Making matters worse, given PBMs’ obvious conflicts of interest, many, if not most, PBMs fail to provide their clients with an obvious recommendation: It makes no sense for plans to cover brand PPIs, or even generic PPIs given PBMs’ excessive charges for generic drugs. Plans should stop covering all prescription PPIs, and ask their beneficiaries to rely instead on over-the-counter PPIs. Or plans should only cover certain generic prescriptions – and OTC PPIs – and limit the amount the plans will pay to reasonable dollar amounts. (5)

Comparing Rx & OTC PPI Costs 

Early last summer, our firm and our National Prescription Coverage Coalition analyzed the costs of several therapeutic categories for our clients and our Coalition Members.  Our goal was to present a series of cost-saving recommendations to all concerned, including for PPIs. Here’s an example of the information we provided to one Coalition Member concerning PPIs:

Analyzing the plan’s previous claims data, we projected it would spend approximately $382,000 for prescription PPIs on an annualized basis. Given that the plan’s total annual costs would likely be approximately $12 million, its PPI costs were not inconsequential.

Clearly, if the plan stopped providing coverage for all prescription PPIs – and asked its beneficiaries to purchase OTC PPIs on their own – the plan would save $382,000. Even if the plan provided coverage of, say, $15 per OTC purchase, the plan would still save approximately $356,000.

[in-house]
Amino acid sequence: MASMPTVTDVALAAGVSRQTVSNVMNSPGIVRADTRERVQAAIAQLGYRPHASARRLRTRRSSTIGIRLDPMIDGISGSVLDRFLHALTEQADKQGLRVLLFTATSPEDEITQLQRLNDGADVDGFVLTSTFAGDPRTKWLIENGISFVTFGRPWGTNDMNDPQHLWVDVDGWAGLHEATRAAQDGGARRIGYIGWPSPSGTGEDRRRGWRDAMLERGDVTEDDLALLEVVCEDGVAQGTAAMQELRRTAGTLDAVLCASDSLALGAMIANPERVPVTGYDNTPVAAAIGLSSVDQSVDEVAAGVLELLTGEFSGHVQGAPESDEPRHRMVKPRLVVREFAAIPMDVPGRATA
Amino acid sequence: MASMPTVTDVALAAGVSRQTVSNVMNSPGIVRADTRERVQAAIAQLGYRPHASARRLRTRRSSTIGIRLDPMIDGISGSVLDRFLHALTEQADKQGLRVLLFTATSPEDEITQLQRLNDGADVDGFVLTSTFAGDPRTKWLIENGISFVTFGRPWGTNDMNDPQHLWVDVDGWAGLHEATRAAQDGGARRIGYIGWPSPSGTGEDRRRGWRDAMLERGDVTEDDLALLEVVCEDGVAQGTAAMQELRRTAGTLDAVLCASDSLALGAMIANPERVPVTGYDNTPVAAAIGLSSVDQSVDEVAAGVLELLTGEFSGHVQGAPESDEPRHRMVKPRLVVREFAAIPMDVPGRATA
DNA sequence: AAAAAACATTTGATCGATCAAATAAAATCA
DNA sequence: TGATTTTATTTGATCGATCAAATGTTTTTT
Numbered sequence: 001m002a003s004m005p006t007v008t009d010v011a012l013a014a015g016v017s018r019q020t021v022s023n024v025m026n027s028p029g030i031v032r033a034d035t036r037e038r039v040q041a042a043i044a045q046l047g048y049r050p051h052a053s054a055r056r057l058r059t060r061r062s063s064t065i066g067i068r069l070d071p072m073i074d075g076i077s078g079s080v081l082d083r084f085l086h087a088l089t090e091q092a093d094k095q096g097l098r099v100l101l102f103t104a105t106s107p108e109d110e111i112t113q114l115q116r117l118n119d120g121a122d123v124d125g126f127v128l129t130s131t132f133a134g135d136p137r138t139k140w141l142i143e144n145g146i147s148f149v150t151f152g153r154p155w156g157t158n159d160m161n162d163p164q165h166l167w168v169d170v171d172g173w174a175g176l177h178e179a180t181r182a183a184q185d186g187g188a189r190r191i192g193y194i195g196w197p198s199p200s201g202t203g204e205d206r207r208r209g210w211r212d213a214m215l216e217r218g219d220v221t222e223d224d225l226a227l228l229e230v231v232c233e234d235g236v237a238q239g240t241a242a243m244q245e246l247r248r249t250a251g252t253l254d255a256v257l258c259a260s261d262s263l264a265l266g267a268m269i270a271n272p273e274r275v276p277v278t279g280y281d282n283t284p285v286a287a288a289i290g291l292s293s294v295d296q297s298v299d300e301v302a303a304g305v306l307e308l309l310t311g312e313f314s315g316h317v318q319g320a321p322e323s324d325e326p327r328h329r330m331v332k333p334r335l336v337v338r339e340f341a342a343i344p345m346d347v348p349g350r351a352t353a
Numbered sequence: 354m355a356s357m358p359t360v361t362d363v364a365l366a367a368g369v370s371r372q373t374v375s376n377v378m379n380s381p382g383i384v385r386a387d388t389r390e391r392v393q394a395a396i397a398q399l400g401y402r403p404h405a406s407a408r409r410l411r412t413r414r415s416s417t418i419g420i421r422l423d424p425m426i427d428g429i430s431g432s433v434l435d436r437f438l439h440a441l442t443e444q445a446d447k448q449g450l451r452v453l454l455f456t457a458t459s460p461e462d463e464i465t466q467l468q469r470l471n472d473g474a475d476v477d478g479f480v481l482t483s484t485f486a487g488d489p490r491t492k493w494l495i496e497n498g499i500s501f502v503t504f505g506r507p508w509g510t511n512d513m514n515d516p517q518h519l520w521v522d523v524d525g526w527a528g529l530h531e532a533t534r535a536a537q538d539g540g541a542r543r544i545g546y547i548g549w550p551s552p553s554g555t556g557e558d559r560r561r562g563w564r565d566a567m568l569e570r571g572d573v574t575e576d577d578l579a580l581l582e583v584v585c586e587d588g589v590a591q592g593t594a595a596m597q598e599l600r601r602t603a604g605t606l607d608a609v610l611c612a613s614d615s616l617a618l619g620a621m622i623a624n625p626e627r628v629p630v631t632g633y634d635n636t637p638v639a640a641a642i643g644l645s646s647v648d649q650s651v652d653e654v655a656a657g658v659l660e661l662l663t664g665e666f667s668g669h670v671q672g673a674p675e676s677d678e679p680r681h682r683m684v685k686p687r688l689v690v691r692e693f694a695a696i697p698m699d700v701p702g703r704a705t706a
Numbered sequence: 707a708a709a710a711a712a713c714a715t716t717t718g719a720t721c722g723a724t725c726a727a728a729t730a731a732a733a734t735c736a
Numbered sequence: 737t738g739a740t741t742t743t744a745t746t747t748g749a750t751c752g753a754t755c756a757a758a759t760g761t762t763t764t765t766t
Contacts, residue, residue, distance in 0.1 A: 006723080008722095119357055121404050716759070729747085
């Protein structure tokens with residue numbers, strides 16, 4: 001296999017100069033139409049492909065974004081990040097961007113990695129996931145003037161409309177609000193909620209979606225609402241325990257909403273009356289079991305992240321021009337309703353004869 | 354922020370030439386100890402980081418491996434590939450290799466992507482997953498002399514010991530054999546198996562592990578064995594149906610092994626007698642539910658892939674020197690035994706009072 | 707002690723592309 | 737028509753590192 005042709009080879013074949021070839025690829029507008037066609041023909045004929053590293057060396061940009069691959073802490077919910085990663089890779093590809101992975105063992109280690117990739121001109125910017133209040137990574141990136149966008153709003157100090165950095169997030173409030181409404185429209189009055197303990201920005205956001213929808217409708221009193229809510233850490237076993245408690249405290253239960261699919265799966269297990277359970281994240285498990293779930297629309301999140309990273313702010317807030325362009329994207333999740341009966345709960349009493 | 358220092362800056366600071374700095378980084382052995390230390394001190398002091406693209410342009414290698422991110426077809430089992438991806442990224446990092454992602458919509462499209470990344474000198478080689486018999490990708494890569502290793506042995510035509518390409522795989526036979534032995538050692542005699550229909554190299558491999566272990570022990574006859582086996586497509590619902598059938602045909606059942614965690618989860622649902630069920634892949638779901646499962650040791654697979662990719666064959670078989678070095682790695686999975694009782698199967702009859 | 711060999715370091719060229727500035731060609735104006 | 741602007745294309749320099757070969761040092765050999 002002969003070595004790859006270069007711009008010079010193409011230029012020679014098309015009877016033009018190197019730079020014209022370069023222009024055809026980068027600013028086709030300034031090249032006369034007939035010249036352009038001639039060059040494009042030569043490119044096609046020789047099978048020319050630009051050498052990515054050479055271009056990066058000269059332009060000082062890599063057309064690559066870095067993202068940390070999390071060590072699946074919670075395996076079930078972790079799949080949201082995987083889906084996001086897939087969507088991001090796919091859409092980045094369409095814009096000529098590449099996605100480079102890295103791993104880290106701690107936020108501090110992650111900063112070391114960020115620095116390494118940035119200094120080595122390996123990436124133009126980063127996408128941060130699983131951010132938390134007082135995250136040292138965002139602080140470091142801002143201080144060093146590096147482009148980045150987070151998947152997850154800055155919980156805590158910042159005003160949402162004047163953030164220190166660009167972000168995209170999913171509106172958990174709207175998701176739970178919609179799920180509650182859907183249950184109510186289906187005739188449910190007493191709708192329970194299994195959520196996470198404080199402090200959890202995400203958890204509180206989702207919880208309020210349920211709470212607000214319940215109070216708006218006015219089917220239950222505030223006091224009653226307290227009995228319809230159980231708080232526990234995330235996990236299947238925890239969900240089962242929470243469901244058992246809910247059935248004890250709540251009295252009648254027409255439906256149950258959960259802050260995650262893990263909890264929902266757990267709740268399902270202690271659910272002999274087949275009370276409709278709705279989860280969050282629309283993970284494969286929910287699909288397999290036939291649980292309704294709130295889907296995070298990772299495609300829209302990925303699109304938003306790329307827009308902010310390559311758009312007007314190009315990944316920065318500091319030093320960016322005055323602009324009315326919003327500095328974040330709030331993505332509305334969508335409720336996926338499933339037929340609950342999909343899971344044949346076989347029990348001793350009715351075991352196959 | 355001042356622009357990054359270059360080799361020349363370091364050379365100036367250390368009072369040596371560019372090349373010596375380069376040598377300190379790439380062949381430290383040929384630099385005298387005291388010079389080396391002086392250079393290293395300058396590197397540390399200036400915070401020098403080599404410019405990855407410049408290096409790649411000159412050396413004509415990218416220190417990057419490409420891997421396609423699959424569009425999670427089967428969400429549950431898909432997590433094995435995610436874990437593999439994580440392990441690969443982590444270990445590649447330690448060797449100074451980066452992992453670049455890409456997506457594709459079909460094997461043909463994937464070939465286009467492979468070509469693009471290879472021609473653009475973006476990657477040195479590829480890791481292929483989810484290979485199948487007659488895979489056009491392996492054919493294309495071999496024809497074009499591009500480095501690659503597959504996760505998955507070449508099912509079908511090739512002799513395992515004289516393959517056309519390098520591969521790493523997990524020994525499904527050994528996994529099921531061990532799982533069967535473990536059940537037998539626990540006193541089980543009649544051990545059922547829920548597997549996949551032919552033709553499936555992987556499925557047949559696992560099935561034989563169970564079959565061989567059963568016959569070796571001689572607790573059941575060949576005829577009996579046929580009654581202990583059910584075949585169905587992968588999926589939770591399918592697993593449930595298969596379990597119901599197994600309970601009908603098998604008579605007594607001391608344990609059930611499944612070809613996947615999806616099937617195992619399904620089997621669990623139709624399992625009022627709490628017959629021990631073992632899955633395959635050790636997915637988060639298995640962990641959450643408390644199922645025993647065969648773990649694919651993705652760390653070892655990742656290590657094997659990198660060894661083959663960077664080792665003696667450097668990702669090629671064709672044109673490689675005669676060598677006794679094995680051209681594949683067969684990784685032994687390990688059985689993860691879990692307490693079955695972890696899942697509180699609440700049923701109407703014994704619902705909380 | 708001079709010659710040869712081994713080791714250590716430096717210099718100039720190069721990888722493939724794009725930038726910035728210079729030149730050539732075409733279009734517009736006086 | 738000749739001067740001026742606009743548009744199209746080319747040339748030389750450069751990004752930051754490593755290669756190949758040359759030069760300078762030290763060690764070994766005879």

We also pointed out that the plan wasn’t providing coverage for any other OTCs (like aspirin, cough syrup, and numerous other products). And plan beneficiaries could easily access OTC PPIs – including through Amazon – at very low cost, as shown in a Table that we provided:

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We also urged the plan to end coverage for two “combo PPIs” that were particularly exorbitant in price: Vimovo and Duexis. Vimovo – a combination of Nexium (esomeprazole) and naproxen (a common NSAID, available as Aleve OTC) – cost about $1,400 per 30 day prescription at the time, and now runs about $1,650 per 30 day prescription. Duexis – a combination of ibuprofen (basic OTC aspirin) and famotidine (OTC Pepcid) – cost about $1,425 per 30 day prescription then, and about $1,650 as of the date of our analysis.

“Why should any plan provide coverage for either drug,” we asked, “when both drugs are nothing but ‘convenience’ drugs that combine two inexpensive OTCs, and charge outrageous prices for doing so?”

Moreover, we recommended against covering the drugs, and limiting any “medical exceptions” through a strict, customized Prior Authorization protocol that we drafted, since it was hard to contemplate any “medical exception” justifying the drugs’ use, especially at such exorbitant prices. After all, plan beneficiaries could obtain the benefits of both drugs simply by taking the two OTC components of each drug separately.

Educate Beneficiaries When You Change Your Coverage

Whenever your Plan decides to change its coverage, an opportunity arises to influence your beneficiaries by providing them with critical information. Our consulting firm and Coalition believe two core messages should be communicated if you eliminate – or reduce – PPI coverage.